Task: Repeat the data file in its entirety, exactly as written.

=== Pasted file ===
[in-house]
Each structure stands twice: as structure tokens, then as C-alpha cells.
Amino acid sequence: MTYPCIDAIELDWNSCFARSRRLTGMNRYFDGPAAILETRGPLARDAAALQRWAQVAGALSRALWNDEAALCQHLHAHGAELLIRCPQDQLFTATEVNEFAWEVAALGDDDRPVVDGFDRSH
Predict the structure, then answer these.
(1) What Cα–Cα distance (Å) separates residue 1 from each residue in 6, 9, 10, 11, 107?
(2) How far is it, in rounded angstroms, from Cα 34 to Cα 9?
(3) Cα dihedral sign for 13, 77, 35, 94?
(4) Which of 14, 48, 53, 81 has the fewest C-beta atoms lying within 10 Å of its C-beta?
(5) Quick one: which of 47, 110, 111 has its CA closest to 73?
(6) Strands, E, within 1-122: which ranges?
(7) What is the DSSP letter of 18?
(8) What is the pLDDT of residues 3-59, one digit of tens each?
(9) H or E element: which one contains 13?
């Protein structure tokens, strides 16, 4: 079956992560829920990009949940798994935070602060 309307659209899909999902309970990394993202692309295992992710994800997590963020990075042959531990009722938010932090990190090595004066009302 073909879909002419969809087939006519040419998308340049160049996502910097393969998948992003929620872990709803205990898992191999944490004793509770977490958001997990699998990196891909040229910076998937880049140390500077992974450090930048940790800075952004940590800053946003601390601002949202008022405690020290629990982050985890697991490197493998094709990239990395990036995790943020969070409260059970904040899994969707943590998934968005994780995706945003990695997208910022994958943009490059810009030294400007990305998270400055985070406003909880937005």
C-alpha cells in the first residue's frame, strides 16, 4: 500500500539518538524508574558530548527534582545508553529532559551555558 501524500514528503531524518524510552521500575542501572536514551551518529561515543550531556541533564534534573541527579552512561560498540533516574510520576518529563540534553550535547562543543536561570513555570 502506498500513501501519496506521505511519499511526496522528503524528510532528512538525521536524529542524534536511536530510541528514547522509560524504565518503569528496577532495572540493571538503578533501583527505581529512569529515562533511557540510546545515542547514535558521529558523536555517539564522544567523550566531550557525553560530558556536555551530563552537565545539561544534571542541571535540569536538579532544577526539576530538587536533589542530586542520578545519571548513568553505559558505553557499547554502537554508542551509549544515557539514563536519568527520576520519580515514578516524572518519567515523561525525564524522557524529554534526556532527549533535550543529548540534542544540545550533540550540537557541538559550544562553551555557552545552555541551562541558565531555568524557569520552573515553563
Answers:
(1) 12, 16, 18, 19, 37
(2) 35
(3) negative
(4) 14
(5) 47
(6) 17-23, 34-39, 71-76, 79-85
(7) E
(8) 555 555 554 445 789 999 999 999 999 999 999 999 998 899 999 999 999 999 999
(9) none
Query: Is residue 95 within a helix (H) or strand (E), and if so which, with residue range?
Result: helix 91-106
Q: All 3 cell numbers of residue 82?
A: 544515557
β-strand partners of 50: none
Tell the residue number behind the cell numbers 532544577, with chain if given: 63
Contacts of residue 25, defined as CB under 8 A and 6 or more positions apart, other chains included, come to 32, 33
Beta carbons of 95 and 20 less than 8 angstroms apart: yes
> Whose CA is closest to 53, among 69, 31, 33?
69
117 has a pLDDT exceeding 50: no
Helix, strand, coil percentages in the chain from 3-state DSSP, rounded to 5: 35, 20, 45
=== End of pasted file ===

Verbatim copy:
[in-house]
Each structure stands twice: as structure tokens, then as C-alpha cells.
Amino acid sequence: MTYPCIDAIELDWNSCFARSRRLTGMNRYFDGPAAILETRGPLARDAAALQRWAQVAGALSRALWNDEAALCQHLHAHGAELLIRCPQDQLFTATEVNEFAWEVAALGDDDRPVVDGFDRSH
Predict the structure, then answer these.
(1) What Cα–Cα distance (Å) separates residue 1 from each residue in 6, 9, 10, 11, 107?
(2) How far is it, in rounded angstroms, from Cα 34 to Cα 9?
(3) Cα dihedral sign for 13, 77, 35, 94?
(4) Which of 14, 48, 53, 81 has the fewest C-beta atoms lying within 10 Å of its C-beta?
(5) Quick one: which of 47, 110, 111 has its CA closest to 73?
(6) Strands, E, within 1-122: which ranges?
(7) What is the DSSP letter of 18?
(8) What is the pLDDT of residues 3-59, one digit of tens each?
(9) H or E element: which one contains 13?
């Protein structure tokens, strides 16, 4: 079956992560829920990009949940798994935070602060 309307659209899909999902309970990394993202692309295992992710994800997590963020990075042959531990009722938010932090990190090595004066009302 073909879909002419969809087939006519040419998308340049160049996502910097393969998948992003929620872990709803205990898992191999944490004793509770977490958001997990699998990196891909040229910076998937880049140390500077992974450090930048940790800075952004940590800053946003601390601002949202008022405690020290629990982050985890697991490197493998094709990239990395990036995790943020969070409260059970904040899994969707943590998934968005994780995706945003990695997208910022994958943009490059810009030294400007990305998270400055985070406003909880937005």
C-alpha cells in the first residue's frame, strides 16, 4: 500500500539518538524508574558530548527534582545508553529532559551555558 501524500514528503531524518524510552521500575542501572536514551551518529561515543550531556541533564534534573541527579552512561560498540533516574510520576518529563540534553550535547562543543536561570513555570 502506498500513501501519496506521505511519499511526496522528503524528510532528512538525521536524529542524534536511536530510541528514547522509560524504565518503569528496577532495572540493571538503578533501583527505581529512569529515562533511557540510546545515542547514535558521529558523536555517539564522544567523550566531550557525553560530558556536555551530563552537565545539561544534571542541571535540569536538579532544577526539576530538587536533589542530586542520578545519571548513568553505559558505553557499547554502537554508542551509549544515557539514563536519568527520576520519580515514578516524572518519567515523561525525564524522557524529554534526556532527549533535550543529548540534542544540545550533540550540537557541538559550544562553551555557552545552555541551562541558565531555568524557569520552573515553563
Answers:
(1) 12, 16, 18, 19, 37
(2) 35
(3) negative
(4) 14
(5) 47
(6) 17-23, 34-39, 71-76, 79-85
(7) E
(8) 555 555 554 445 789 999 999 999 999 999 999 999 998 899 999 999 999 999 999
(9) none
Query: Is residue 95 within a helix (H) or strand (E), and if so which, with residue range?
Result: helix 91-106
Q: All 3 cell numbers of residue 82?
A: 544515557
β-strand partners of 50: none
Tell the residue number behind the cell numbers 532544577, with chain if given: 63
Contacts of residue 25, defined as CB under 8 A and 6 or more positions apart, other chains included, come to 32, 33
Beta carbons of 95 and 20 less than 8 angstroms apart: yes
> Whose CA is closest to 53, among 69, 31, 33?
69
117 has a pLDDT exceeding 50: no
Helix, strand, coil percentages in the chain from 3-state DSSP, rounded to 5: 35, 20, 45